Since I was young, one of my upmost goals was being able to study abroad in the USA. I had already been there before a couple of times. When I just turned sixteen I spent one month in a host family nearby Los Angeles, in the Orange County. Throughout this month abroad, I visited a couple of university campuses, which made up my mind about studying there at some point in my life. That was my first contact with America, but I knew it would not be the last one.
New York, the city that never sleeps, that was my second destination. When it came the moment to decide what to do with my future, among other obvious reasons, I chose a degree that allowed me to study abroad at least three academic months.
Following this goal, I managed to get the minimum GPA required to apply for one of the best public universities in the States, the University of California in Santa Barbara. I spent there six months and I really felt like home. One of the things that I valued the most while I was abroad was having local people helping me and showing me around. I was really interested in their cultures, lifestyles and traditions.
Back to Barcelona, feeling homesick, I got the offer to continue being "abroad" in my home country. Along with another Catalan girl, we were in charge of an American group of students who were about to begin their studies in Barcelona. One of the activities was a trip to Costa Brava, a region in Catalonia with the most precious villages and beaches in all Spain. Back in the States, I was used to do a lot of weekend trips with local people, so even though I went to this one as a tour guide it was as exciting for me as it was for them. We had plenty of activities scheduled throughout the weekend, from historical and cultural to more chilling and relaxing activities. This combination of activities made the weekend very enriching and worthwhile. We started off the weekend by going to the Dali's Museum, which is in his hometown Dali, Figueres. Dalí said:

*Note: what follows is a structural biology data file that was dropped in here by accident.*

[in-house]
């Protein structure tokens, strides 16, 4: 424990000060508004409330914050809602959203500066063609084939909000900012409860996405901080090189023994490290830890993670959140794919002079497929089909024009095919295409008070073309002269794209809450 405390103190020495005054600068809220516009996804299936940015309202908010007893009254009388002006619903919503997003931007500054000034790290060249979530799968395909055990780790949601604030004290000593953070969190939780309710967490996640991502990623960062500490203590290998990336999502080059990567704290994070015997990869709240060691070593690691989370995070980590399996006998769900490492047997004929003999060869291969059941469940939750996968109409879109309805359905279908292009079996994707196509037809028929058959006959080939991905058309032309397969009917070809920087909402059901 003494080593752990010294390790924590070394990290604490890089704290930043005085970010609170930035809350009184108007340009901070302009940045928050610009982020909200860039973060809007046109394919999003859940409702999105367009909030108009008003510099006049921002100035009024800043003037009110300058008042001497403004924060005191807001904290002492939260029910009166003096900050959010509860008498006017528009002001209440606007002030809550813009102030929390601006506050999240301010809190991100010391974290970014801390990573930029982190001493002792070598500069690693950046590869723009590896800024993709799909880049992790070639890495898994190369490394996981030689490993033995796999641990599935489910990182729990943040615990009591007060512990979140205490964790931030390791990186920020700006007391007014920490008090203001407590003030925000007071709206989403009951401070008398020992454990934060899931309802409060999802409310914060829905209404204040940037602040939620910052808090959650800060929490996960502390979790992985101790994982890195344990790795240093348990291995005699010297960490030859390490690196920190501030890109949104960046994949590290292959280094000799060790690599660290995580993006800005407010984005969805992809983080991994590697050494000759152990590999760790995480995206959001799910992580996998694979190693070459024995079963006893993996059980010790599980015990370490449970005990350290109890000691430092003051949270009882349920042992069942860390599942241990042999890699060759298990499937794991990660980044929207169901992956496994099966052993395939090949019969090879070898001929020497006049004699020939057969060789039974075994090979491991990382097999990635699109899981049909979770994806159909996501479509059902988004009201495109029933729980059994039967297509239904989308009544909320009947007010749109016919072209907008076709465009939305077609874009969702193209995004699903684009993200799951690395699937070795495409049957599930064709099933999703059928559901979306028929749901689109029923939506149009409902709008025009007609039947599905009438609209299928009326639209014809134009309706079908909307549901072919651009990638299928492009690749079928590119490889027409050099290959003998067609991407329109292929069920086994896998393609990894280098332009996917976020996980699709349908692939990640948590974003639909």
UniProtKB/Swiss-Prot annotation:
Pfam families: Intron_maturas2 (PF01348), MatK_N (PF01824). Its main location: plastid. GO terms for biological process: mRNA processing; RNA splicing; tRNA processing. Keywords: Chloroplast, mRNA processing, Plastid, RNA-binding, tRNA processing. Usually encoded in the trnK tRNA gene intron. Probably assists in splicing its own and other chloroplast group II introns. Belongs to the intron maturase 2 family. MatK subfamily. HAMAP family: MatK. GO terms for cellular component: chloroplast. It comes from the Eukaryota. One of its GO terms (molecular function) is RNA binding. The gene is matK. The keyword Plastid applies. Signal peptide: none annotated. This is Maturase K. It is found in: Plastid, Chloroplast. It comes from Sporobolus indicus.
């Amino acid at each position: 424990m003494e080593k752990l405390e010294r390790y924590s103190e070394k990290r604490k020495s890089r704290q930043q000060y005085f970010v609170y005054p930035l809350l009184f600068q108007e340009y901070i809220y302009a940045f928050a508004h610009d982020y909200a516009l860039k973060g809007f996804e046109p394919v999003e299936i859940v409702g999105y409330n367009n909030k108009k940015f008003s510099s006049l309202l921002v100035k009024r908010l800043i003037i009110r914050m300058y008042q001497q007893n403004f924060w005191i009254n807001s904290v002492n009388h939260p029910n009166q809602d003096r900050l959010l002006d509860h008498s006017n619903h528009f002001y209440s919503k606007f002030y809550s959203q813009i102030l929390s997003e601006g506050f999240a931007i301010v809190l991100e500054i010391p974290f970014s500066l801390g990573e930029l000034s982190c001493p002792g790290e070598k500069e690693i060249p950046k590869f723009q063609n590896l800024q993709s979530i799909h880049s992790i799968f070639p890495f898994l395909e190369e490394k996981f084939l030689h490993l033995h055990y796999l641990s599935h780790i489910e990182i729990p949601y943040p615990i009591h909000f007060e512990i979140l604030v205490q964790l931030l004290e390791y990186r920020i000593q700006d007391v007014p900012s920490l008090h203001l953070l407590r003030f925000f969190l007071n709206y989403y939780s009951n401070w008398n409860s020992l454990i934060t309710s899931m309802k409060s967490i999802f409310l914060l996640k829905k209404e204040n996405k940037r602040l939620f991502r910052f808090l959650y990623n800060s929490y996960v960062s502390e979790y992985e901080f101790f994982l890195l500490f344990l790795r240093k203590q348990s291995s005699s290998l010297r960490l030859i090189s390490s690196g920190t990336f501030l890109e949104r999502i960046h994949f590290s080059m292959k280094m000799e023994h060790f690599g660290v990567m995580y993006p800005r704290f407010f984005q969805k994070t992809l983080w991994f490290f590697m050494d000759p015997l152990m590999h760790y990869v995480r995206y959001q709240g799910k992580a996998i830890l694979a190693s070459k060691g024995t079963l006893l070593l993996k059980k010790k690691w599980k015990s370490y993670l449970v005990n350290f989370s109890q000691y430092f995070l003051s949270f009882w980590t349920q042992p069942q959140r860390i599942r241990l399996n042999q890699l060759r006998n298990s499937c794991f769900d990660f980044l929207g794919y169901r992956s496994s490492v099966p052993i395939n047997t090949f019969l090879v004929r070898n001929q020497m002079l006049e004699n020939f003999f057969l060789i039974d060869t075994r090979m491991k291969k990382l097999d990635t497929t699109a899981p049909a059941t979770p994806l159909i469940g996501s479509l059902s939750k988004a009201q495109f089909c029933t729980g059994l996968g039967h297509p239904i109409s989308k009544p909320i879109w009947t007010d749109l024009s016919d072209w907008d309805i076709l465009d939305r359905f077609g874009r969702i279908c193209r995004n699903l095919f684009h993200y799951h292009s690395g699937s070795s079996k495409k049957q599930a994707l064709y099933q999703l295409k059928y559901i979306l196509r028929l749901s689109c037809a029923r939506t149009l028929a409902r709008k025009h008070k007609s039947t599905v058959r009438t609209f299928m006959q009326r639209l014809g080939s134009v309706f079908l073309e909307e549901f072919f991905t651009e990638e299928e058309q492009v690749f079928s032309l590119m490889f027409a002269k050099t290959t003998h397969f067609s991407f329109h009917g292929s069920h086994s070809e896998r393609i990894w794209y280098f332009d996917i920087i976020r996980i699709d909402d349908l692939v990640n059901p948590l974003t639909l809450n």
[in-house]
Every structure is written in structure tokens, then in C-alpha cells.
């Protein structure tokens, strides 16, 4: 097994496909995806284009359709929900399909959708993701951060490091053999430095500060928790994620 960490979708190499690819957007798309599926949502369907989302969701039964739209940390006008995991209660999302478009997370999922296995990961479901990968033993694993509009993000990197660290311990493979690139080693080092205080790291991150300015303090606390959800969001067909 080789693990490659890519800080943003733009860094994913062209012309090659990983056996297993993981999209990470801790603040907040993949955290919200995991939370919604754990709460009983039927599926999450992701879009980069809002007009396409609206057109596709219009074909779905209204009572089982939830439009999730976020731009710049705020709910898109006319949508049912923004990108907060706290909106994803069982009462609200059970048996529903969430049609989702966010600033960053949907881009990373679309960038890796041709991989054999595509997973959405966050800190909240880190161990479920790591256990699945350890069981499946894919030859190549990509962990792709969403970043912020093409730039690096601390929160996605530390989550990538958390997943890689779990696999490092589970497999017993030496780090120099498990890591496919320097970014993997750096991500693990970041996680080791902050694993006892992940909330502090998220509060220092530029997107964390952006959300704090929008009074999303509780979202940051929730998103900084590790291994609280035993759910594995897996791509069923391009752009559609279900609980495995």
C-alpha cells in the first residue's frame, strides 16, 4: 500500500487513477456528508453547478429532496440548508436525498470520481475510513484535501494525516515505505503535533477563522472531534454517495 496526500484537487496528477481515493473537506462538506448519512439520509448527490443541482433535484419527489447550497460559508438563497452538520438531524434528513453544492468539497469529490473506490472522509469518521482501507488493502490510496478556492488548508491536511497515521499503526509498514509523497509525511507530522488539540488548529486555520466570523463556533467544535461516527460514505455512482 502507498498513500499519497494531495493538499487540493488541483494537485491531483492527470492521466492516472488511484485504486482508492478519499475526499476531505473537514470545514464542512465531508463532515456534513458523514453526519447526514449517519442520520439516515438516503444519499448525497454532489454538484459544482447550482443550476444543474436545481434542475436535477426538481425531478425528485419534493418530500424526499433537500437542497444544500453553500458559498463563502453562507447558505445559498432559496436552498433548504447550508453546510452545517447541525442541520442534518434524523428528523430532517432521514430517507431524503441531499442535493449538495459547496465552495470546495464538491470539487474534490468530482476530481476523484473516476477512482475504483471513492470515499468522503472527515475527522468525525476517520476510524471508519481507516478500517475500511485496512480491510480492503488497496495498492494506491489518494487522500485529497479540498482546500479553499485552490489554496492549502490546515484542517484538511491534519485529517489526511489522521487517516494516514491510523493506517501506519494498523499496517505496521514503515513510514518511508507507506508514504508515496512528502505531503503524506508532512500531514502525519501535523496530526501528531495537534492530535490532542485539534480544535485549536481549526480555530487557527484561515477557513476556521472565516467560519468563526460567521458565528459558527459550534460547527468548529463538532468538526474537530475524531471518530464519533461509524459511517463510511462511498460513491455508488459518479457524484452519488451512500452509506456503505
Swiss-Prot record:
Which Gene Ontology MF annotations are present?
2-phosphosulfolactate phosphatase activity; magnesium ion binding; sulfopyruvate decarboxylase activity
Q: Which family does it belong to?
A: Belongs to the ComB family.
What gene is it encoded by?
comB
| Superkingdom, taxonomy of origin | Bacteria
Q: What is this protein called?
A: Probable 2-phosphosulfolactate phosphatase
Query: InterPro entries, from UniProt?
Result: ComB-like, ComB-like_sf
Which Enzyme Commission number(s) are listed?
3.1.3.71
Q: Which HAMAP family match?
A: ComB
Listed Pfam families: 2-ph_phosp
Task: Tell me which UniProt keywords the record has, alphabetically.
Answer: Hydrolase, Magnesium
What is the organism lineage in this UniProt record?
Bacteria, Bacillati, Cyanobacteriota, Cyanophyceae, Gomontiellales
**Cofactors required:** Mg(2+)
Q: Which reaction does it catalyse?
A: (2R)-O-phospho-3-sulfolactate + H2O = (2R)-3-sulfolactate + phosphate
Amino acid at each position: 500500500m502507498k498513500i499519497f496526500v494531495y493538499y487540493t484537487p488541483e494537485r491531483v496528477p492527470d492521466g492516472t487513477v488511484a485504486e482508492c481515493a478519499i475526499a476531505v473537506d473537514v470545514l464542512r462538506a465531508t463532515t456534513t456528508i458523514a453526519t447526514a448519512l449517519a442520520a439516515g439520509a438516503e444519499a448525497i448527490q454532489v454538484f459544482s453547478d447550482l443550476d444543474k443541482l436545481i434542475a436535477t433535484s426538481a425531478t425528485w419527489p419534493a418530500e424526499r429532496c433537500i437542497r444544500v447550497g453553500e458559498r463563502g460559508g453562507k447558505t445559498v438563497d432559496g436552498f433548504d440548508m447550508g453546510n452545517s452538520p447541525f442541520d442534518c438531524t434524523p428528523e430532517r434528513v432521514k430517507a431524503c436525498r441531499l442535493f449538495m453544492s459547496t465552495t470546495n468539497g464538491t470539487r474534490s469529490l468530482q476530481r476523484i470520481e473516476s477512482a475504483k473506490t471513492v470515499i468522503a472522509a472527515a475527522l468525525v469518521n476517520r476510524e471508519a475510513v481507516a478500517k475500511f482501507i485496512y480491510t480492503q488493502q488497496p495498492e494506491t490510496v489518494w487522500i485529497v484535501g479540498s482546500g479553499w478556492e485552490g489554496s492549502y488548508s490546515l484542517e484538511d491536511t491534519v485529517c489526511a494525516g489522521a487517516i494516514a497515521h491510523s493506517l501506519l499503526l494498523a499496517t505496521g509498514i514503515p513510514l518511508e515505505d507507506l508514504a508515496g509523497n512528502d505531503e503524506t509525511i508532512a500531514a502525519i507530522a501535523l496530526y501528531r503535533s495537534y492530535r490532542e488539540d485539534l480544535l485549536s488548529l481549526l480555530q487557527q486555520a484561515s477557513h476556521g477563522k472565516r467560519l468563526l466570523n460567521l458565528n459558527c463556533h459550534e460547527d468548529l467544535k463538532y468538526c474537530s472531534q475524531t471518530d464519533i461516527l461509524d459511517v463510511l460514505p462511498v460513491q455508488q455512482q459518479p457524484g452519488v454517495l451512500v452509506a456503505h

"I want my museum to be a single block, a labyrinth, a great surrealist object. It will be totally theatrical museum. The people who come to see it will leave with the sensation of having had a theatrical dream"
What an impressive building! After this we went to one of the most famous beach villages in Costa Brava, Cadaqués, where we had some spare time to go to the beach and enjoy its streets and shops. At night we had a pleasant family dinner altogether at the hotel where we were staying. The aim of it was to make them experience what is a “menu” in Spain. It consists on three courses, a first course, a second course, which normally is fish or meat, and a third course, the dessert. They got the chance the try out some of the most typical dishes in Spain. The second and last day of the trip we went to the Empuries’s Roman ruins. Empurion was an ancient colony founded by the Greeks in the 6th century BC, later occupied by the Romans, who created their own town in the 1st century BC. We ended up our short trip in a beach nearby, where all the Americans got crazy about “Bocadillos”. Their excitement at every little detail of our daily life and their willingness to learn the Spanish culture reminded me about my time in the US. On top of everything, one of the best parts was how this trip really brought us together and let us get to know each other in a more casual manner.